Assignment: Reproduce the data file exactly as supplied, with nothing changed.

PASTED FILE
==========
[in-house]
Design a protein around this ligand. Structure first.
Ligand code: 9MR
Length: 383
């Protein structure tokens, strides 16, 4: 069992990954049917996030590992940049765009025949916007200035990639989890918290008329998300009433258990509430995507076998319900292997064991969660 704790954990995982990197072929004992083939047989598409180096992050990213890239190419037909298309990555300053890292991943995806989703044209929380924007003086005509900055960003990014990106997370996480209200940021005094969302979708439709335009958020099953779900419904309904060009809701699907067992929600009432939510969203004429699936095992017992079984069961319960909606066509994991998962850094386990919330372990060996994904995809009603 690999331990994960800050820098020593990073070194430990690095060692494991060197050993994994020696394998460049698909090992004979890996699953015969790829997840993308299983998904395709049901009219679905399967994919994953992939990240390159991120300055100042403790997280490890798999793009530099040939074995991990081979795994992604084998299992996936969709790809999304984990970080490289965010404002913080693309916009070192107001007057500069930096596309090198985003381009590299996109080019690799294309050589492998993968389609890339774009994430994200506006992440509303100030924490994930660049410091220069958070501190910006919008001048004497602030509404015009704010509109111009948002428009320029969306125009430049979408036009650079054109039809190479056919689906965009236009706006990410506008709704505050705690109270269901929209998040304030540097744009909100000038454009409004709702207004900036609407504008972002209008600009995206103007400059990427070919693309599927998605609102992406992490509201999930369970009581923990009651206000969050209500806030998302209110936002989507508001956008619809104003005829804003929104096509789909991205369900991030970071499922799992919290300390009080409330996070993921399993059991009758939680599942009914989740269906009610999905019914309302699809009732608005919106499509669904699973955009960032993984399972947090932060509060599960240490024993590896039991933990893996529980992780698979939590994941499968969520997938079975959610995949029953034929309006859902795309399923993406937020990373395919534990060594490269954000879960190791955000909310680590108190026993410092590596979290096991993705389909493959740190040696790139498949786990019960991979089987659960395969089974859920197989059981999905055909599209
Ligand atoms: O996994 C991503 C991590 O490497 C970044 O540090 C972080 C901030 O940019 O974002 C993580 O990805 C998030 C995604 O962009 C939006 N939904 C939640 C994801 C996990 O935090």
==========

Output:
[in-house]
Design a protein around this ligand. Structure first.
Ligand code: 9MR
Length: 383
């Protein structure tokens, strides 16, 4: 069992990954049917996030590992940049765009025949916007200035990639989890918290008329998300009433258990509430995507076998319900292997064991969660 704790954990995982990197072929004992083939047989598409180096992050990213890239190419037909298309990555300053890292991943995806989703044209929380924007003086005509900055960003990014990106997370996480209200940021005094969302979708439709335009958020099953779900419904309904060009809701699907067992929600009432939510969203004429699936095992017992079984069961319960909606066509994991998962850094386990919330372990060996994904995809009603 690999331990994960800050820098020593990073070194430990690095060692494991060197050993994994020696394998460049698909090992004979890996699953015969790829997840993308299983998904395709049901009219679905399967994919994953992939990240390159991120300055100042403790997280490890798999793009530099040939074995991990081979795994992604084998299992996936969709790809999304984990970080490289965010404002913080693309916009070192107001007057500069930096596309090198985003381009590299996109080019690799294309050589492998993968389609890339774009994430994200506006992440509303100030924490994930660049410091220069958070501190910006919008001048004497602030509404015009704010509109111009948002428009320029969306125009430049979408036009650079054109039809190479056919689906965009236009706006990410506008709704505050705690109270269901929209998040304030540097744009909100000038454009409004709702207004900036609407504008972002209008600009995206103007400059990427070919693309599927998605609102992406992490509201999930369970009581923990009651206000969050209500806030998302209110936002989507508001956008619809104003005829804003929104096509789909991205369900991030970071499922799992919290300390009080409330996070993921399993059991009758939680599942009914989740269906009610999905019914309302699809009732608005919106499509669904699973955009960032993984399972947090932060509060599960240490024993590896039991933990893996529980992780698979939590994941499968969520997938079975959610995949029953034929309006859902795309399923993406937020990373395919534990060594490269954000879960190791955000909310680590108190026993410092590596979290096991993705389909493959740190040696790139498949786990019960991979089987659960395969089974859920197989059981999905055909599209
Ligand atoms: O996994 C991503 C991590 O490497 C970044 O540090 C972080 C901030 O940019 O974002 C993580 O990805 C998030 C995604 O962009 C939006 N939904 C939640 C994801 C996990 O935090």